Complex projects come in many shapes and sizes, but few take four years, have a $6.8 million budget, involve 500 tonnes of steel gates and require 400 decompression dives. But then few projects are as complicated as renewing a 70-year-old asset located 50 metres beneath a lake, with the full force of the Waikato River running through it.
This was just some of the complexity involved in Mercury’s Maraetai Intake Rehabilitation project, which is one of three finalists for the 2018 Psoda Project of the Year Award. As part of the annual Project Management Institute of New Zealand (PMINZ) Awards, the Psoda Project of the Year Award recognises superior performance and execution of exceptional project management.
The aim of the project was to restore five intake gates at Mercury’s Maraetai Power Station on the Waikato River and replacing submerged steel gate tracks which had become corroded over the past seven decades.
Unusual conditions, extreme risks
With each intake on the dam consisting of a 100 tonne headgate running on a pair of gate tracks – all submerged 50 metres below the surface of Lake Maraetai, the project team faced truly unusual and complex conditions, as well as extreme physical and cost risks. In addition, they had to manage 13 suppliers and contractors.
To be restored, each of the five headgates had to be lifted to the surface of the lake and removed from the water – for the first time since the late 1940s. This required a unique and specialised crane, as well as a team of divers to attach lift bags to the gates to assist with the lift.
Each gate took about three weeks to remove and then had to be partially disassembled to be light enough to be transported offsite to a local workshop for a 10-week rebuild during which they were blasted, repainted and had around 2,000 components replaced. Many of these components had to be sourced from specialised suppliers overseas – further complicating the project’s procurement plan.
Since it could not be determined which components needed replacing while the headgates were still submerged beneath the lake, the exact scope, schedule and cost to complete the work were not known beforehand. The project team had to develop numerous systems for determining and managing the condition-dependent scope with the various contractors involved, along with protocols to communicate the dynamic cost, scope and schedule implications to sponsors and stakeholders.
After all that, each gate then had to be safely reinstalled again.
Workplace safety in 50m deep water
Restoration of the gate tracks meanwhile was a far more complicated task, since the tracks are fixed to the dam and could not be brought to the surface. This meant all rehabilitation work on the tracks had to be completed by divers 50 metres below the lake surface. At this depth, divers only had about 25 minutes to do their work on each dive and on resurfacing had to spend an hour in decompression chambers.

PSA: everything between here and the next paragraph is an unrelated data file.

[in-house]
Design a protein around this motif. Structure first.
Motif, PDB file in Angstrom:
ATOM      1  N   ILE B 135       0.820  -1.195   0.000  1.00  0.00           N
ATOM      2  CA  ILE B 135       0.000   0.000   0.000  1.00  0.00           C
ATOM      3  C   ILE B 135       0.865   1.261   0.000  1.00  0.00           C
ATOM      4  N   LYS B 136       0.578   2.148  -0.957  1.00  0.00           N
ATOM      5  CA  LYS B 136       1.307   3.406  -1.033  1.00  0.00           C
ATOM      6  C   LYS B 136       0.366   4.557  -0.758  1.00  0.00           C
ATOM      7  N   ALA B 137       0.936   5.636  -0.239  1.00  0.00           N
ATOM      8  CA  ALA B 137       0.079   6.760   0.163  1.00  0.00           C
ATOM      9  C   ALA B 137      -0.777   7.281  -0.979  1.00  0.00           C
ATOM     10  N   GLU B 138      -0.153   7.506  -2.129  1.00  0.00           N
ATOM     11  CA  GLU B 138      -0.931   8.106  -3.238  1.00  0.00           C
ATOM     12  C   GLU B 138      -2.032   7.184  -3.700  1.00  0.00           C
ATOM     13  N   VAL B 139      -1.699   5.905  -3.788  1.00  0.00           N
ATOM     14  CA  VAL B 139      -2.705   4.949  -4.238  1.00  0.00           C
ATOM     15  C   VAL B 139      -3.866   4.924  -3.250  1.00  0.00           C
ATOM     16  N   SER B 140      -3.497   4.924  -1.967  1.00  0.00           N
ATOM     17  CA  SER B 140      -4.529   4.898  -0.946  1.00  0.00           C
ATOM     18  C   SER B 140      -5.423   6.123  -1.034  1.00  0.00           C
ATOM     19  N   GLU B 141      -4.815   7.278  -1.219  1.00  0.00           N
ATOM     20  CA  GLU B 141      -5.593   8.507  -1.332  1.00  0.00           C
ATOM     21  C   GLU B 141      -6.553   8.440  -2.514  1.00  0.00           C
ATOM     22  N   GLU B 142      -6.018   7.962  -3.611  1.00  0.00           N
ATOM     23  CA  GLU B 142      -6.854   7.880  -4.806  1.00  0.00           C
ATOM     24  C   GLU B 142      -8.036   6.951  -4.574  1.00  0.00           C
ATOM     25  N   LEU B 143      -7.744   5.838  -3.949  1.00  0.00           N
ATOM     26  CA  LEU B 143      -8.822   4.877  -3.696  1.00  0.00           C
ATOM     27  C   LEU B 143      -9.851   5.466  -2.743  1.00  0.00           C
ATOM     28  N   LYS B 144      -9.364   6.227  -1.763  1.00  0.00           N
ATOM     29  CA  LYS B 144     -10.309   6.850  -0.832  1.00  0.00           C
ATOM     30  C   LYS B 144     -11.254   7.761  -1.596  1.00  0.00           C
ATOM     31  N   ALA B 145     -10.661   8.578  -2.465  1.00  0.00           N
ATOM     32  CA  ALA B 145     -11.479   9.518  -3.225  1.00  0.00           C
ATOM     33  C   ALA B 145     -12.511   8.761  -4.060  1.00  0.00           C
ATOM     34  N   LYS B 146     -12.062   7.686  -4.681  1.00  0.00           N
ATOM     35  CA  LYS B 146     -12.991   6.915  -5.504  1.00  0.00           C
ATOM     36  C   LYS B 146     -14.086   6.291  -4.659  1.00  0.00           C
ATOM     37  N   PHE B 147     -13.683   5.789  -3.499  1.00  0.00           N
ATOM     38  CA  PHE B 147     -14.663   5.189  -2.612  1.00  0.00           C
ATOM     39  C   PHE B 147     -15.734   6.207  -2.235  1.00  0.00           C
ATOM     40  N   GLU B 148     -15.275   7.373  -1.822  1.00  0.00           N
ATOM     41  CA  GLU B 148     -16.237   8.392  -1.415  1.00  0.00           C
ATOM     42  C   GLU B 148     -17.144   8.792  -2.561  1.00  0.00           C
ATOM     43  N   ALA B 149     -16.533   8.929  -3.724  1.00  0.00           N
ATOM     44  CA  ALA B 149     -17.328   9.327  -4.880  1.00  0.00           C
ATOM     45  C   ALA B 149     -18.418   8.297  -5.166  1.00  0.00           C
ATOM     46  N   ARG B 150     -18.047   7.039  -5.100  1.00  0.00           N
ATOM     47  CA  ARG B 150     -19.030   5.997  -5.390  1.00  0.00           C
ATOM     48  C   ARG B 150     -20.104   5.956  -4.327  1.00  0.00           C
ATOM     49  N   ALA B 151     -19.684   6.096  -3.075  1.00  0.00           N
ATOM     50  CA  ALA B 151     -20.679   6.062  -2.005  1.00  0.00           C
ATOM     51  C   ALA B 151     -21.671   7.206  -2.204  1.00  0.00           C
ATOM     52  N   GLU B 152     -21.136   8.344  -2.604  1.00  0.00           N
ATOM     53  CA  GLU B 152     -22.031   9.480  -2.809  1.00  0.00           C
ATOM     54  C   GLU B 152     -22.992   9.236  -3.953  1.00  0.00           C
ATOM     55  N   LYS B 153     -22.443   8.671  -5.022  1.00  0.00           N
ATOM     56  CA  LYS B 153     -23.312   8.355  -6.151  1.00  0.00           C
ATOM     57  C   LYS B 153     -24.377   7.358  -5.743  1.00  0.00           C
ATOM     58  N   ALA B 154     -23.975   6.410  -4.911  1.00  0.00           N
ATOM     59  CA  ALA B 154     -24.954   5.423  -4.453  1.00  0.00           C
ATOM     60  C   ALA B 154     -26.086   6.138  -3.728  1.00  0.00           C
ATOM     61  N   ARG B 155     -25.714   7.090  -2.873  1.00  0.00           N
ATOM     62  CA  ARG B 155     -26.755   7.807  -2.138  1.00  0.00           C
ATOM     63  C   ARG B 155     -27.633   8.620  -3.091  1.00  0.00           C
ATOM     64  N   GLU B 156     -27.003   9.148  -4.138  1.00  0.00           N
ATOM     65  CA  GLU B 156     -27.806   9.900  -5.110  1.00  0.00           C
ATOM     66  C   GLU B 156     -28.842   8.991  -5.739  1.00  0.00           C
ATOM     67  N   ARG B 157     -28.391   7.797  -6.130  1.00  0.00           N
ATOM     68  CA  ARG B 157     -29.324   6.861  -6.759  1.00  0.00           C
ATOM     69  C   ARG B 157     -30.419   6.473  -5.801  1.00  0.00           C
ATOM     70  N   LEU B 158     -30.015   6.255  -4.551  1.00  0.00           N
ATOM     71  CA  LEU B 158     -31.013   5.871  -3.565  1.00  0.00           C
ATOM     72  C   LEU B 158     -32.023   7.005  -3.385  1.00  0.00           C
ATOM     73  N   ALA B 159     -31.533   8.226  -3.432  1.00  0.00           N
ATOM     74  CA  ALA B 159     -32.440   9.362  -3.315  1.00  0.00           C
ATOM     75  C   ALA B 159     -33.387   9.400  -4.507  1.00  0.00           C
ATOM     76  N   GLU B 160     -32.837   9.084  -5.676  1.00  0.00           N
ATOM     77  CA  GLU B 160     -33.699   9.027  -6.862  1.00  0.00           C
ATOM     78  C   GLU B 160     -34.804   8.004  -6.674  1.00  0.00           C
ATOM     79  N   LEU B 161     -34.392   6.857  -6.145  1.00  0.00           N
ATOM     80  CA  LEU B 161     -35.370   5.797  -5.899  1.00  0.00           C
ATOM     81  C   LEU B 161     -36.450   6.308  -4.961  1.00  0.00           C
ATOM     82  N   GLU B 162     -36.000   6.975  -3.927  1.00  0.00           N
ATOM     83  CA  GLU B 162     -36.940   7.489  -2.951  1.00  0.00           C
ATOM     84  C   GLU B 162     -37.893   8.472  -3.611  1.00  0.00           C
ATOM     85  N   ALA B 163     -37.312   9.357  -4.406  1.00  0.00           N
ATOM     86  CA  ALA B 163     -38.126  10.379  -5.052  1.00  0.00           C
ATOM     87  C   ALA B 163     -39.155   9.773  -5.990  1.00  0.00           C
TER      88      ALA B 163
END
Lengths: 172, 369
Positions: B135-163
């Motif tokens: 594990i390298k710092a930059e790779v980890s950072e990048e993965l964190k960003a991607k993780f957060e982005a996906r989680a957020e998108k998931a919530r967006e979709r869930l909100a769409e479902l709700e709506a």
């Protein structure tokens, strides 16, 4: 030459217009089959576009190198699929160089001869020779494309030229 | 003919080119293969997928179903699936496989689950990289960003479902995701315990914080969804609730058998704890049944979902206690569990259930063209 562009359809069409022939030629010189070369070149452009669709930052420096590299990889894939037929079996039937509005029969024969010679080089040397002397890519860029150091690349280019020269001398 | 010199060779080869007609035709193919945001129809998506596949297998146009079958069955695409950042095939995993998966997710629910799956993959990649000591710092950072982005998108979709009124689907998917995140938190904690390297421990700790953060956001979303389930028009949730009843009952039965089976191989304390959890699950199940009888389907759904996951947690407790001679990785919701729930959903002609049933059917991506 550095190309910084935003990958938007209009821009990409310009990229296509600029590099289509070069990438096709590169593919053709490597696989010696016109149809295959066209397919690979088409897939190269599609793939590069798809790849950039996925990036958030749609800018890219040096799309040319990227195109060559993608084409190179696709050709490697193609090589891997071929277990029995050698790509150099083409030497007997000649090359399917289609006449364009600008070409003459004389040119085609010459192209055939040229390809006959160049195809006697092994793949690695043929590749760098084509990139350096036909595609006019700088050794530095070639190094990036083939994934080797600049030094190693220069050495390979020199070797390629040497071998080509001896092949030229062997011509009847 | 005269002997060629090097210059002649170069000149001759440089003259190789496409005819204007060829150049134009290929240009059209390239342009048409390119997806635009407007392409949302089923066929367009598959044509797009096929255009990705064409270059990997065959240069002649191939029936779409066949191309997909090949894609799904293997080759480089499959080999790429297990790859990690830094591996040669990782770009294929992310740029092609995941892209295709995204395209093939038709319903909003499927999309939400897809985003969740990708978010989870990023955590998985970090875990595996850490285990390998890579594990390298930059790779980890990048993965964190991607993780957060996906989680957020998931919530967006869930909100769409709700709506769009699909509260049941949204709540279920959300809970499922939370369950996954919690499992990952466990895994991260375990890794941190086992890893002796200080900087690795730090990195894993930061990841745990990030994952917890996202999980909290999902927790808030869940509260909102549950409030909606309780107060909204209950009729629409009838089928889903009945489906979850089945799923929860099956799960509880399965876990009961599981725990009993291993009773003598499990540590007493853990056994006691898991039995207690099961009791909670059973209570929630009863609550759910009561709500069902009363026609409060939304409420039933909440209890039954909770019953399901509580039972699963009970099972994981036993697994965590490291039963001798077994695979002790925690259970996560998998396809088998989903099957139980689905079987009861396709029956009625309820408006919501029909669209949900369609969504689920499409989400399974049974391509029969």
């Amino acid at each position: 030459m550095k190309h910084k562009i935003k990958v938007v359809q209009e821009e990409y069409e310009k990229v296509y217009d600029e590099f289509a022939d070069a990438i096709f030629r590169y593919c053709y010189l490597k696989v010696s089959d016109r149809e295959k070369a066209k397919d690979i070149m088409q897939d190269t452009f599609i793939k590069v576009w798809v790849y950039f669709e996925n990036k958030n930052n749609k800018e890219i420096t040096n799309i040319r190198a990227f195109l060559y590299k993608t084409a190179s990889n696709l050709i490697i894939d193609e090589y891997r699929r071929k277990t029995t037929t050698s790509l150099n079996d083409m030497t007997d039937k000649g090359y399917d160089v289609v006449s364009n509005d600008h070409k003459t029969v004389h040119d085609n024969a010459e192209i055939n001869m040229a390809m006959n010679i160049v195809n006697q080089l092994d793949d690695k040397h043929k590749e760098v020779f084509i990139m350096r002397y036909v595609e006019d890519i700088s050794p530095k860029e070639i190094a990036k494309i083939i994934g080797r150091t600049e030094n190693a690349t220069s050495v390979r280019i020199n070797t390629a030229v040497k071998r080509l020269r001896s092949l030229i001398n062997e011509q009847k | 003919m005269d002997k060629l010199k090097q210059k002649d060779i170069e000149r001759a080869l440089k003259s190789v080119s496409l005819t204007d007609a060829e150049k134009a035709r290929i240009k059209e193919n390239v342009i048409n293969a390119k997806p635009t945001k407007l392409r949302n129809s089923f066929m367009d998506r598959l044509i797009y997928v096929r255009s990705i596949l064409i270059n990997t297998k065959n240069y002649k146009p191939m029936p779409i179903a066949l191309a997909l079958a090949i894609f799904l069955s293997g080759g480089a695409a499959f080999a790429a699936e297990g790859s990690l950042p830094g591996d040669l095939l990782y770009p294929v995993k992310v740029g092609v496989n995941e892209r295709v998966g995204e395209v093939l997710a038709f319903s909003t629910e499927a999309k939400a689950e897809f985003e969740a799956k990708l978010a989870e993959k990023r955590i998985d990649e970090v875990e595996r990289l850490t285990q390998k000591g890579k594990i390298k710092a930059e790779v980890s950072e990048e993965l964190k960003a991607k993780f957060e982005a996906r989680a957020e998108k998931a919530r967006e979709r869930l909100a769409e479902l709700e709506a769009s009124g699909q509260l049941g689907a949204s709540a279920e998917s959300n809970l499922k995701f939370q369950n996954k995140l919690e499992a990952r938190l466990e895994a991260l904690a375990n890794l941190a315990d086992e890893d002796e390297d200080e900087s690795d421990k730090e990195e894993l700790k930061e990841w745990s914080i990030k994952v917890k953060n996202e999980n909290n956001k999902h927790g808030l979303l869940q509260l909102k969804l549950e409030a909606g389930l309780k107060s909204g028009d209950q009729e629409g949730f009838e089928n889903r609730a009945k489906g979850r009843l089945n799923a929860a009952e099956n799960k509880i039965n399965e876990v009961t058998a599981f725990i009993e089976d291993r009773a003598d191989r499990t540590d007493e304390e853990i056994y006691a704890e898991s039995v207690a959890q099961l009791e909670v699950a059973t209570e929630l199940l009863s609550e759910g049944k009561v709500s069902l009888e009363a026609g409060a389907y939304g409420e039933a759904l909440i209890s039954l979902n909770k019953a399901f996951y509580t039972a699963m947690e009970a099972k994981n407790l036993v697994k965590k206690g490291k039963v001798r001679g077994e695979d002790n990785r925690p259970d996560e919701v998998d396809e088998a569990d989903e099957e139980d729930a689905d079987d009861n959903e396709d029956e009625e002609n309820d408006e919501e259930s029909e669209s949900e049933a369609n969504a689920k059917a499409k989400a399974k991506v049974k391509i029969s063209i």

With divers working at depths of 50m under water – along with removing and replacing five 100 tonnes steel gates – the project presented significant health and safety risks which required review, buy in and approval by numerous parties, including WorkSafe, the New Zealand workplace health and safety regulator.
In addition to the inherent danger of deep diving, there was also the risk posed by the high number of total dives needed to complete the project and diving at the entry to the dam’s penstock with the main barrier, the headgate, removed.
This was overcome by a thorough 12-month long planning process between Mercury and a specialist diving contractor, appointed following a rigorous tender process.
The health and safety plan combined the contractor’s specialised expertise of diving works with Mercury’s technical knowledge about the operation of the intake and headgates to fully quantify, understand and mitigate all the risks involved.
The project team developed, tested and implemented several bespoke pieces of equipment to improve both the safety and productivity of the diving work – which was important as it costs around $100 a minute to dive at these depths.
Overall, the divers safely completed almost 400 decompression dives to replace 2,000 structural components submerged deep beneath lake.
Ultimately the project was completed without any lost time or medical treatment injuries – thanks to the planning, monitoring and controlling of the various work streams.
According to Mercury, the identification, communication and proactive management of all the inherent risks led to a successful project which enhanced the reputation its project delivery team.
“This project showed that difficult, seemingly overwhelming problems can be solved safely, on time, and on budget by the rigorous application of project management principles,” says project delivery manager, Mark Kirsopp.
“The numerous lessons learnt on this project have been well recorded in Mercury’s information management system to assist with the planning and management of future projects.”
The PMINZ Awards will be announced at the 2018 Project Management Conference in Auckland on 20 September. The two other Psoda Project of the Year finalists are the Ministry of Education for its Education Sector Logon upgrade and Beca for its Mangere Biological Nutrient Removal project.